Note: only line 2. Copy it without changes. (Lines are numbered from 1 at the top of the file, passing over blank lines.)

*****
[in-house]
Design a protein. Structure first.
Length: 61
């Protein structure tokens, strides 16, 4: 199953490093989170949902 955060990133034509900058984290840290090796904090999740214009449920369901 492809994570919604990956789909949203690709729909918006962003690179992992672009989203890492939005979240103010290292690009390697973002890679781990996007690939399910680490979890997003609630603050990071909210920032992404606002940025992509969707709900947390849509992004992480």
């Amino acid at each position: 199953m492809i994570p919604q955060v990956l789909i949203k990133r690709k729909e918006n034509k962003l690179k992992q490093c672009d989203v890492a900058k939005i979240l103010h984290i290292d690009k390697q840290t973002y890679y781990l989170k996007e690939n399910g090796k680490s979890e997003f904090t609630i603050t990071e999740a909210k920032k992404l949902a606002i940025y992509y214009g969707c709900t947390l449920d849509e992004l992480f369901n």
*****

Design a protein. Structure first.